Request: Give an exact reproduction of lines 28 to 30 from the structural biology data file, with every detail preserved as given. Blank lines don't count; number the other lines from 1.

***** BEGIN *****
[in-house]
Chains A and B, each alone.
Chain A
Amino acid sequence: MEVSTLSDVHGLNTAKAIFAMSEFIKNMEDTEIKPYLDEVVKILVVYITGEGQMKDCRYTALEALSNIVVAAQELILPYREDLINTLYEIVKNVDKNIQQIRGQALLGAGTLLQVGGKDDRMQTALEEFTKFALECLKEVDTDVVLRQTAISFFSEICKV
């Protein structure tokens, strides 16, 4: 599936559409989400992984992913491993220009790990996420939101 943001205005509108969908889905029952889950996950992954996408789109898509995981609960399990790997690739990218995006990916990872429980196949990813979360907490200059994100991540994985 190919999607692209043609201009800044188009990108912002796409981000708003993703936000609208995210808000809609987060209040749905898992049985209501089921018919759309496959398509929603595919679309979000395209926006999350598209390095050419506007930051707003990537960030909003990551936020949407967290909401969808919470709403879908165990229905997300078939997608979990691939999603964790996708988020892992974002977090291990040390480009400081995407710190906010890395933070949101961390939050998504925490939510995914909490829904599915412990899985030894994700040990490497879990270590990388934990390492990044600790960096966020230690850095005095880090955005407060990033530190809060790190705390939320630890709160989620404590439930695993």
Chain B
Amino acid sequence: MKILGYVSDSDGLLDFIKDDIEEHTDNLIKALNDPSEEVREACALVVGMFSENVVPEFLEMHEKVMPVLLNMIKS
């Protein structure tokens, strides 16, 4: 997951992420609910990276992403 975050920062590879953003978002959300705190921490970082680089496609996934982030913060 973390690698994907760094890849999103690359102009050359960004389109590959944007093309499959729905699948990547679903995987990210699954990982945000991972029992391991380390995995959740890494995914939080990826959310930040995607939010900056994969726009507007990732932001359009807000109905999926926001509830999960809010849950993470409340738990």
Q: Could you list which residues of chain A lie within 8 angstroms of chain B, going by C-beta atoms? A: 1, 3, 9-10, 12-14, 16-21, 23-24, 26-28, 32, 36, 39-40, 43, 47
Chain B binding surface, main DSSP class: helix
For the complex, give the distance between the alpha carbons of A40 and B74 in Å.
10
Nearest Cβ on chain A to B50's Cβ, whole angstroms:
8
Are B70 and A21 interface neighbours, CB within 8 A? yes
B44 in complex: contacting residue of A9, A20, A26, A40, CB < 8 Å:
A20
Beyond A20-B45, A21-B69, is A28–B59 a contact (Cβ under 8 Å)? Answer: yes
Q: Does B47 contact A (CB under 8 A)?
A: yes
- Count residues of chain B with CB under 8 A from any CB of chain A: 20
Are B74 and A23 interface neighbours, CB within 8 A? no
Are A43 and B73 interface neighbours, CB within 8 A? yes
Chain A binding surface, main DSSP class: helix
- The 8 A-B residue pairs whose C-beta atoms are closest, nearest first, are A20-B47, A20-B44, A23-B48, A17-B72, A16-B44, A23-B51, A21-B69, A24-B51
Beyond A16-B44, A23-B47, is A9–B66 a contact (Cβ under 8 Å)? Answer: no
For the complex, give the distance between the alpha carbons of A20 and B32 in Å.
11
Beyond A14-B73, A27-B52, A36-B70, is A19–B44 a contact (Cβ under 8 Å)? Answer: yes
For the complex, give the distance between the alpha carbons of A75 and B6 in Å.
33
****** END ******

11
Beyond A14-B73, A27-B52, A36-B70, is A19–B44 a contact (Cβ under 8 Å)? Answer: yes
For the complex, give the distance between the alpha carbons of A75 and B6 in Å.